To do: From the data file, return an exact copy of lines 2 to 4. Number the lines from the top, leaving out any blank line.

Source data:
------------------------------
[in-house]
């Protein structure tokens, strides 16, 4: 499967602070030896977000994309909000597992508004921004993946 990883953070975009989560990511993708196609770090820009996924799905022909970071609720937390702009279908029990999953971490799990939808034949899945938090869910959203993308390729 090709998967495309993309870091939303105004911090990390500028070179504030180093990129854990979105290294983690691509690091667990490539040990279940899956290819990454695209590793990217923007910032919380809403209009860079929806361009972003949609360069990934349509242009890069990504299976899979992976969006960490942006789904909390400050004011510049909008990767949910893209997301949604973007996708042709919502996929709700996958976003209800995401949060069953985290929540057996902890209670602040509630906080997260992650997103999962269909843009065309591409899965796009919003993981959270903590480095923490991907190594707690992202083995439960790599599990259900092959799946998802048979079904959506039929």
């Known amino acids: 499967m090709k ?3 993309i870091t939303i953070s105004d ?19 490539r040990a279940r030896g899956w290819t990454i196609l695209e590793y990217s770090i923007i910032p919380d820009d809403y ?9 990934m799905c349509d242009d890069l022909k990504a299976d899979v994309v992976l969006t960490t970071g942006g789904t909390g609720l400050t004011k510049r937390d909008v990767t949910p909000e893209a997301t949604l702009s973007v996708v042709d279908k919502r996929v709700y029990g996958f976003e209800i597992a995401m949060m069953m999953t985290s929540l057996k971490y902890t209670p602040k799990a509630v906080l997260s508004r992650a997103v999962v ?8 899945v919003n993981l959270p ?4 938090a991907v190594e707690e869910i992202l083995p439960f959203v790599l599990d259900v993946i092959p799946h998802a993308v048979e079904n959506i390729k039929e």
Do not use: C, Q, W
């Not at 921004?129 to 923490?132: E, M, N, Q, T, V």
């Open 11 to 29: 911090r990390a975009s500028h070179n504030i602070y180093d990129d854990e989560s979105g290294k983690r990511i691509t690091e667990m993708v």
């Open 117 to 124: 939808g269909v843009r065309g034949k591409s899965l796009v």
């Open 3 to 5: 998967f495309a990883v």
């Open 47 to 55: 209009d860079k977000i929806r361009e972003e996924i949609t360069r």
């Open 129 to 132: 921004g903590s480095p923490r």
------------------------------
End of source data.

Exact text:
């Protein structure tokens, strides 16, 4: 499967602070030896977000994309909000597992508004921004993946 990883953070975009989560990511993708196609770090820009996924799905022909970071609720937390702009279908029990999953971490799990939808034949899945938090869910959203993308390729 090709998967495309993309870091939303105004911090990390500028070179504030180093990129854990979105290294983690691509690091667990490539040990279940899956290819990454695209590793990217923007910032919380809403209009860079929806361009972003949609360069990934349509242009890069990504299976899979992976969006960490942006789904909390400050004011510049909008990767949910893209997301949604973007996708042709919502996929709700996958976003209800995401949060069953985290929540057996902890209670602040509630906080997260992650997103999962269909843009065309591409899965796009919003993981959270903590480095923490991907190594707690992202083995439960790599599990259900092959799946998802048979079904959506039929």
């Known amino acids: 499967m090709k ?3 993309i870091t939303i953070s105004d ?19 490539r040990a279940r030896g899956w290819t990454i196609l695209e590793y990217s770090i923007i910032p919380d820009d809403y ?9 990934m799905c349509d242009d890069l022909k990504a299976d899979v994309v992976l969006t960490t970071g942006g789904t909390g609720l400050t004011k510049r937390d909008v990767t949910p909000e893209a997301t949604l702009s973007v996708v042709d279908k919502r996929v709700y029990g996958f976003e209800i597992a995401m949060m069953m999953t985290s929540l057996k971490y902890t209670p602040k799990a509630v906080l997260s508004r992650a997103v999962v ?8 899945v919003n993981l959270p ?4 938090a991907v190594e707690e869910i992202l083995p439960f959203v790599l599990d259900v993946i092959p799946h998802a993308v048979e079904n959506i390729k039929e």
Do not use: C, Q, W